The News Courier in Athens, Alabama

March 4, 2012

I know it's a sign, but a sign of what?

By Kelly Kazek

— As many tornadoes as I’ve covered over the years, I’ve heard of and seen many odd and unexplainable things: Splinters of wood piercing seemingly impenetrable materials such as metal and glass, pieces of paper that travel 150 miles before dropping to earth and eggs unbroken on a kitchen counter where every other item is demolished.

On April 27, the county was littered with brand new Wrangler jeans that were made at the factory in Hackleburg that was in the path of the EF5 twister that devastated Limestone County. My daughter Shannon took a photo of her friend’s SUV that had a 2-by-4 threaded into and back out of its windshield and the glass was still intact.

I heard more strange tales after Friday’s tornado: A pet boxer named Storm who was blown from his pen and into a neighbor’s swimming pool (see story on page 13A), and a door blown from its hinges, into a hallway and around a corner, coming to rest upright and unscathed by the dining room wall (see photo on page 19A).

But on Friday I witnessed one of the strangest things I’ve seen in the aftermath of a twister. As reporter Jean Cole and I drove along Mooresville Road taking photos of damage and interviewing those whose home were hit, I stopped at a house whose yard was littered with uprooted trees and debris.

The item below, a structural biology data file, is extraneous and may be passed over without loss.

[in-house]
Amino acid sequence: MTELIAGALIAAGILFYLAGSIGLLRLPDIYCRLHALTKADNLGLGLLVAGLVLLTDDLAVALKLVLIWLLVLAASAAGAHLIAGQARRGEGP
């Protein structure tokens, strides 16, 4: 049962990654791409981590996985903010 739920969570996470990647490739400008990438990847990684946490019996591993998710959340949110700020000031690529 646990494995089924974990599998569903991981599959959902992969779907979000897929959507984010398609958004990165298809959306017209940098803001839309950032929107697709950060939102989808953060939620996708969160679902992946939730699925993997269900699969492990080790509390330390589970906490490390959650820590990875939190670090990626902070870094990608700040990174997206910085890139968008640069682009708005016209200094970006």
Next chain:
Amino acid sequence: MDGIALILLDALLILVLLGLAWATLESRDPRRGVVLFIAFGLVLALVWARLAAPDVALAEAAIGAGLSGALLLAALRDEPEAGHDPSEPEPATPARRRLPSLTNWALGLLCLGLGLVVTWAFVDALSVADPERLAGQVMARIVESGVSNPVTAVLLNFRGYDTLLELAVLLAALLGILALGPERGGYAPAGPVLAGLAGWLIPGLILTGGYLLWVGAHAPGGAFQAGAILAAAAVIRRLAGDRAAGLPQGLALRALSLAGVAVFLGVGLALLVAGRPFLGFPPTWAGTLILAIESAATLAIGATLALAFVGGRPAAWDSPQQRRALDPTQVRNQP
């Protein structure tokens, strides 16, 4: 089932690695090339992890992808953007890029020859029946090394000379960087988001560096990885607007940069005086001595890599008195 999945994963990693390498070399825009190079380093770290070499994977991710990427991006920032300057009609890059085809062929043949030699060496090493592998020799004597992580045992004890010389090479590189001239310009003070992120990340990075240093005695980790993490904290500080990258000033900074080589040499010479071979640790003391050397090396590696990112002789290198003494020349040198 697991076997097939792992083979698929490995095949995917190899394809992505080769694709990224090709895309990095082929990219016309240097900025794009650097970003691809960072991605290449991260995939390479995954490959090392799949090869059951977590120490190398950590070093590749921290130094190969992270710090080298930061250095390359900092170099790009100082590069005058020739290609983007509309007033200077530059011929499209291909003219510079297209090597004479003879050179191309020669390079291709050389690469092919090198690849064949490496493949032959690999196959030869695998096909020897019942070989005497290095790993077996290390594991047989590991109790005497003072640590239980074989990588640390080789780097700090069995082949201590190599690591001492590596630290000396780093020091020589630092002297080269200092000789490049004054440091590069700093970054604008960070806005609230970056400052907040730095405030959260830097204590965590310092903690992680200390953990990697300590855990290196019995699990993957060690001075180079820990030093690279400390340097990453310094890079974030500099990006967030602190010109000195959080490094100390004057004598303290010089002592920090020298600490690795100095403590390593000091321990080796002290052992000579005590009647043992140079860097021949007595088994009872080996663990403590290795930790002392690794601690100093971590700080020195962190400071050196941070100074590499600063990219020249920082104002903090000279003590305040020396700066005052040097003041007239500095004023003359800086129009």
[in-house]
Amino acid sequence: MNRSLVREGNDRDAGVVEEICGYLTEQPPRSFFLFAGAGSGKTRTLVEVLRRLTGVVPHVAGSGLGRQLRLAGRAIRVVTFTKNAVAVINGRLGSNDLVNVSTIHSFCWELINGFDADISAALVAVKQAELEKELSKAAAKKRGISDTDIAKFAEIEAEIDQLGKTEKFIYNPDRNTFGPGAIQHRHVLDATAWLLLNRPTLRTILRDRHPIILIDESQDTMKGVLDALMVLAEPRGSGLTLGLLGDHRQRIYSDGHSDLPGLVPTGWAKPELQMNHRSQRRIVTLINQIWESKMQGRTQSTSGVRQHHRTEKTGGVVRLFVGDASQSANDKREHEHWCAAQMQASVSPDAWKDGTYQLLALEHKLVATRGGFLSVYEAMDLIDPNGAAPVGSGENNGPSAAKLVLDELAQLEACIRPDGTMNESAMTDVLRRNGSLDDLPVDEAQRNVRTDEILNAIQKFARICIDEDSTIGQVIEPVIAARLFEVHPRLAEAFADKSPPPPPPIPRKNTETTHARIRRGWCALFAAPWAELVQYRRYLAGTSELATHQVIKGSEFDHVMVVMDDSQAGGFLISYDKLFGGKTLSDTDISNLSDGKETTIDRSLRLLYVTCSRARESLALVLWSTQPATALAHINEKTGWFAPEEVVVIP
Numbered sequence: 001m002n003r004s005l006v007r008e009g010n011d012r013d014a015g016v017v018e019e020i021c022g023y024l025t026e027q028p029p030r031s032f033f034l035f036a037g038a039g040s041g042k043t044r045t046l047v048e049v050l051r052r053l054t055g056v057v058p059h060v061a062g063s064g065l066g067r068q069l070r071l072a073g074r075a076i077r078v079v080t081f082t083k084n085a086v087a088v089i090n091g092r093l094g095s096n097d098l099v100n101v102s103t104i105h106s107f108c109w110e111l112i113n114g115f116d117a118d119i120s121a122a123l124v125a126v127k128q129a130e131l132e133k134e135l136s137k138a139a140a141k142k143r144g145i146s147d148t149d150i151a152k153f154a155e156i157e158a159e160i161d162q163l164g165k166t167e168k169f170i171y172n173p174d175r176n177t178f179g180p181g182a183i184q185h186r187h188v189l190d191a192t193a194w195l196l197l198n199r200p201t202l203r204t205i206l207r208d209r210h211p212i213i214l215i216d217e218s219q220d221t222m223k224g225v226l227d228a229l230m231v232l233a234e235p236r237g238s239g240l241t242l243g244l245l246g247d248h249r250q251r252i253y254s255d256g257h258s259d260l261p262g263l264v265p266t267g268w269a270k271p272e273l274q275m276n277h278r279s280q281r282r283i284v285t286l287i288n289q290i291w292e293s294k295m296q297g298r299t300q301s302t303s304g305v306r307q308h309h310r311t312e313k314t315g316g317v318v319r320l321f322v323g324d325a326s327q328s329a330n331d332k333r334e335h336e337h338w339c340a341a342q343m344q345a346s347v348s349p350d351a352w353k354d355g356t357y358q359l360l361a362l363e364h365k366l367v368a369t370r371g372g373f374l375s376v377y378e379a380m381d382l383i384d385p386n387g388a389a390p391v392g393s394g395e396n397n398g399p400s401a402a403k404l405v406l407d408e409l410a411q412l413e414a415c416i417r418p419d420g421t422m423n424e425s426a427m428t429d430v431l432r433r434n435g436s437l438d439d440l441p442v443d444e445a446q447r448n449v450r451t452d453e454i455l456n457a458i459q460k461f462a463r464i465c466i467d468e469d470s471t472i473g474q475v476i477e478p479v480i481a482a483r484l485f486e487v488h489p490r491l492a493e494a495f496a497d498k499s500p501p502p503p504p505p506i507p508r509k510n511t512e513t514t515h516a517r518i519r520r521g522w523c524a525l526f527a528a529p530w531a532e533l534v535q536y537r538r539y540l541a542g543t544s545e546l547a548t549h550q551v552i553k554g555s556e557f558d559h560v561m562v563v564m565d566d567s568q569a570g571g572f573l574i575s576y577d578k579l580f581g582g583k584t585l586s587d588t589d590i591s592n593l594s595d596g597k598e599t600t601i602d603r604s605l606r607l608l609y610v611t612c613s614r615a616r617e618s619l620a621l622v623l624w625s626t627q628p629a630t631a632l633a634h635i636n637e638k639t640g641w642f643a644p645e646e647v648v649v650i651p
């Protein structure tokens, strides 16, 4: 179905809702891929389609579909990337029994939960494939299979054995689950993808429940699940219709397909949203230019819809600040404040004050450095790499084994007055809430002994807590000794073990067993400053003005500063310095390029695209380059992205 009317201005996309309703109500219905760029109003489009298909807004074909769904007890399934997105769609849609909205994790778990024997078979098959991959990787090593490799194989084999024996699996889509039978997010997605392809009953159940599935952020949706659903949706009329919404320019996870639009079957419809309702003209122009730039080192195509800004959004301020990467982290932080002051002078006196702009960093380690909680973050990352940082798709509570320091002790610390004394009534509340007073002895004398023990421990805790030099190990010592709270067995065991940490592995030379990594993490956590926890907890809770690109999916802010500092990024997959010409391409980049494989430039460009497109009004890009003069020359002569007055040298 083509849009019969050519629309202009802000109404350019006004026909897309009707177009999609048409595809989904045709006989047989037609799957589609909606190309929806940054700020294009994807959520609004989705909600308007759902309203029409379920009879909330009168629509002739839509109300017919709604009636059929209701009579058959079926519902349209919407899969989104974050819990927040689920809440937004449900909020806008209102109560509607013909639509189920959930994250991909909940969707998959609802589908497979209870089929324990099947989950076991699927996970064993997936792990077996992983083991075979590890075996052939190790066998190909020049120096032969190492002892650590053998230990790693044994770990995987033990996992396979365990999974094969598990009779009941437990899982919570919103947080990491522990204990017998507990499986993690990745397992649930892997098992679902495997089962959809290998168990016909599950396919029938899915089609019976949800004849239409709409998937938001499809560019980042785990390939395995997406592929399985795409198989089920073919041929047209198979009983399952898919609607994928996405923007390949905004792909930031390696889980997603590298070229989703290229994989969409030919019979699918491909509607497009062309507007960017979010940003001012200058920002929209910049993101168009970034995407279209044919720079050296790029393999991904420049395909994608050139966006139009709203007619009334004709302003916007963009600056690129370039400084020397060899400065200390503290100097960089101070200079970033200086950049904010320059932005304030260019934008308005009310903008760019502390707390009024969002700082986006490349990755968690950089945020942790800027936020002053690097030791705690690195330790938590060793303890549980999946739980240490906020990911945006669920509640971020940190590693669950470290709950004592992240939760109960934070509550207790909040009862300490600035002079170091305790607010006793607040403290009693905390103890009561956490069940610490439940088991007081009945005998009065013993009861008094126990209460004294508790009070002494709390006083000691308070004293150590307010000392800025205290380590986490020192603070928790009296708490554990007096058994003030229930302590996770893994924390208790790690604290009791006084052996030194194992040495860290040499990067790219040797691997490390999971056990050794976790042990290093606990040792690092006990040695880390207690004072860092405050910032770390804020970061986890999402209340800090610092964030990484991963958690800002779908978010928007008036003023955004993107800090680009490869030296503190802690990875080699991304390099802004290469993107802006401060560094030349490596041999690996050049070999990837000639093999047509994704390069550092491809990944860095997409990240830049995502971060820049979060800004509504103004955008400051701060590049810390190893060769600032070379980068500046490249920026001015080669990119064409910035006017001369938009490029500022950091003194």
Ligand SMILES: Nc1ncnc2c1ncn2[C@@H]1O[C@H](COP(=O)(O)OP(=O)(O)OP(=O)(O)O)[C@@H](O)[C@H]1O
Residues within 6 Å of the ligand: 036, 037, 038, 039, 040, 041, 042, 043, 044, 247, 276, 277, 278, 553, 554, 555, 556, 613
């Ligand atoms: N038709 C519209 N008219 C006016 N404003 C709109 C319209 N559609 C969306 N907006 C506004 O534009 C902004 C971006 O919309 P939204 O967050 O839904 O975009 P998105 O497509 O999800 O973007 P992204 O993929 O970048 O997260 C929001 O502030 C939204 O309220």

Suddenly, I spotted a sign wrapped around one of the fallen trees. The sign was for a toyshop and party place called Shenanigans, loosely named for Shannon.

I recognized it immediately because it once hung on a business I owned on U.S. 72 in Madison — a business that closed 11 years ago and whose sign was subsequently removed and supposedly discarded.

I owned Shenanigans for four years before closing it, giving birthday parties in one half of the store and selling classic toys in the other. In fact, the carousel I owned with cast-iron horses is now owned by the Lions Club Kiddie Carnival in Athens.

I loved running the business and the children who had parties there.

I was surprised and mystified at the sign. Where had it been for 11 years? How did it end up on Mooresville Road, at least 15 miles from where the store had been located?

If anyone knows anything about this mystery, give me a call at 256-232-2720, or send an email to Feel free to send your own tales of freaks of the storm and I’ll write a follow-up story.